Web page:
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Mary Miller (politician)

From Wikipedia, the free encyclopedia

Mary Miller
Official portrait, 2021
Member of the U.S. House of Representatives
from Illinois's 15th district
Assumed office
January 3, 2021
Preceded byJohn Shimkus
Personal details
Born
Mary E. Meyer

(1959-08-27) August 27, 1959 (age 64)
Oak Park, Illinois, U.S.
Political partyRepublican
Spouse
(m. 1980)
Children7
ResidenceOakland, Illinois
EducationEastern Illinois University (BS)
WebsiteHouse website

Mary E. Miller (née Meyer; born August 27, 1959) is an American politician serving as the U.S. representative for Illinois's 15th congressional district since 2021.[1] She serves on the House Committee on Agriculture and the Committee on Education & Labor. Miller is a member of the Freedom Caucus and has been described as a far-right politician.[2]

Early life and education

Born in Oak Park, Illinois, to Annette (Jesh) and Harvey Meyer,[3][4][5] Miller graduated from Naperville Central High School in Naperville, Illinois.[6] She earned a Bachelor of Science in business management and did some graduate coursework in education at Eastern Illinois University, but did not complete a graduate degree.[7]

U.S. House of Representatives

Elections

2020

Miller speaking at a Turning Point USA event in 2020

Miller announced her candidacy to represent Illinois's 15th congressional district in the United States House of Representatives in the 2020 elections to succeed retiring incumbent John Shimkus.[8] She won the Republican Party nomination,[9] the real contest in Illinois's most Republican district, and won the general election with over 70% of the vote. Miller focused her campaign on providing support to farming and bringing manufacturing back to Illinois.[10]

Miller sided with President Donald Trump's false claims that the 2020 presidential election was compromised by voter fraud, calling it "tainted".[11][12]

2022

In May 2022, the Washington Examiner criticized Miller for employing Bradley Graven, "a man convicted of soliciting sex with a minor, to assist with her re-election campaign."[13][14] Graven was also seen driving Miller around, raised money for her campaign, and was reportedly responsible for collecting over half the signatures needed to qualify her for the ballot.[13][15]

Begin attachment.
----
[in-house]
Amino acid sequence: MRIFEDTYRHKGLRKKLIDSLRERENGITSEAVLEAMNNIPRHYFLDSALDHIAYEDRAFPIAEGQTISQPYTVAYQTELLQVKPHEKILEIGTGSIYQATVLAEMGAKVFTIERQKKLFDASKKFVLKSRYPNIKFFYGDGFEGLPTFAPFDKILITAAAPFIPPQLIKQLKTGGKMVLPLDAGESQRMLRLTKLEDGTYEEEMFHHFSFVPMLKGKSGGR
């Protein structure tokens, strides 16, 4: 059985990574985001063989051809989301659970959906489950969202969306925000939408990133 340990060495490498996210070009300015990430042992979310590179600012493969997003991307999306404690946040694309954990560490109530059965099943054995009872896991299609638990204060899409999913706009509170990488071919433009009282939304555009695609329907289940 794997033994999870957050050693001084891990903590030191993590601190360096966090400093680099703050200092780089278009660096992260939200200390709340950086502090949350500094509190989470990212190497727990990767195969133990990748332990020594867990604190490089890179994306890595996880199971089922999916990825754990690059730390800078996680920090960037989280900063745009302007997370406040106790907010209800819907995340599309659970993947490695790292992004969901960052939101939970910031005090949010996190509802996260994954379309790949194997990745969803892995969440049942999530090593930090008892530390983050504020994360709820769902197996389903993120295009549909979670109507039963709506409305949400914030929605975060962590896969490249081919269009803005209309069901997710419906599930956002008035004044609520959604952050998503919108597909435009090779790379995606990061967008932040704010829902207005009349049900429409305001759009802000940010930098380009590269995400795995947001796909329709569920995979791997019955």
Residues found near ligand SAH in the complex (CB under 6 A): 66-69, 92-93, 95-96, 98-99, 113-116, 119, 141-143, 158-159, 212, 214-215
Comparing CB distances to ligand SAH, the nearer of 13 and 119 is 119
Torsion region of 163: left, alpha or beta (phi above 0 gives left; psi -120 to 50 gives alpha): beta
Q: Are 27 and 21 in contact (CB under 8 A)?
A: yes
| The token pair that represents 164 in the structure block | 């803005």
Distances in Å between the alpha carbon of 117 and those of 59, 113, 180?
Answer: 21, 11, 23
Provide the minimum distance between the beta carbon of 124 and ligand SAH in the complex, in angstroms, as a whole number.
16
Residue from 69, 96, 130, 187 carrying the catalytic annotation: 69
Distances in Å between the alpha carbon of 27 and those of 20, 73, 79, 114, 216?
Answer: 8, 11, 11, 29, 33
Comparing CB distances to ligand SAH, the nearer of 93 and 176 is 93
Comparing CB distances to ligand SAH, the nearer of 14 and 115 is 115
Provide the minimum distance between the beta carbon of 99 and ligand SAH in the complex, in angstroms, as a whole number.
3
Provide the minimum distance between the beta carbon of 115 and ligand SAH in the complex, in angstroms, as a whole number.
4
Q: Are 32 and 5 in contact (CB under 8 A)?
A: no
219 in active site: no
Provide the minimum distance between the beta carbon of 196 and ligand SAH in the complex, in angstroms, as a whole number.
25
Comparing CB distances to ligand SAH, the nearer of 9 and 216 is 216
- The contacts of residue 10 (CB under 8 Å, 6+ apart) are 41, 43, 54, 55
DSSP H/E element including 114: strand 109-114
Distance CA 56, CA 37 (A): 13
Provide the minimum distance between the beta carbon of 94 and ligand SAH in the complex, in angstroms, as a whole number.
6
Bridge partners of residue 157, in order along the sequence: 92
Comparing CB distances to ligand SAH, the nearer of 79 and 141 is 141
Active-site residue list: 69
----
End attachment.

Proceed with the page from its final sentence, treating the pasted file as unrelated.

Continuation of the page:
After the 2020 redrawing of the Illinois electoral map, Miller won the June 2022 Republican primary by approximately 14 points against fellow incumbent Rodney Davis, whose more moderate views became a liability in the newly redrawn 15th district.[16] Miller had also been endorsed by Donald Trump; Davis had supported the ultimately unsuccessful formation of a January 6 commission in May 2021.[17] Redistricting left her home in Oakland just outside the district. Members of the House are required only to live in the state they represent.

Tenure

On January 6, 2021, when Congress met to formally count the votes of the Electoral College and certify the results of the 2020 presidential election, Miller was one of the members of the House of Representatives who objected to the votes of Arizona and Pennsylvania.[18]

Committee assignments

For the 118th Congress:[19]

Caucus memberships

Political positions

Miller is a member of the Freedom Caucus and has been described as being on the "far right" of the Republican Party.[22][23][24][25]

President Biden and the Biden administration

Miller has accused President Joe Biden of having a plan to "flood our country with terrorists, fentanyl, child traffickers, and MS-13 gang members", and also said that "under President Biden's leadership the left has weaponized the federal government to go after the American people. We face an unprecedented assault on the American way of life by the radical left."[26]

Miller has supported efforts to impeach Biden. During the 117th United States Congress, Miller was co-sponsor of four resolutions to impeach Biden.[27]

During the 117th Congress, Miller also co-sponsored resolutions to impeach Attorney General Merrick Garland[28][29] and Secretary of State Antony Blinken.[30] In the 118th Congress, she has co-sponsored resolutions to impeach Secretary of Homeland Security Alejandro Mayorkas[31] and Vice President Kamala Harris.[32]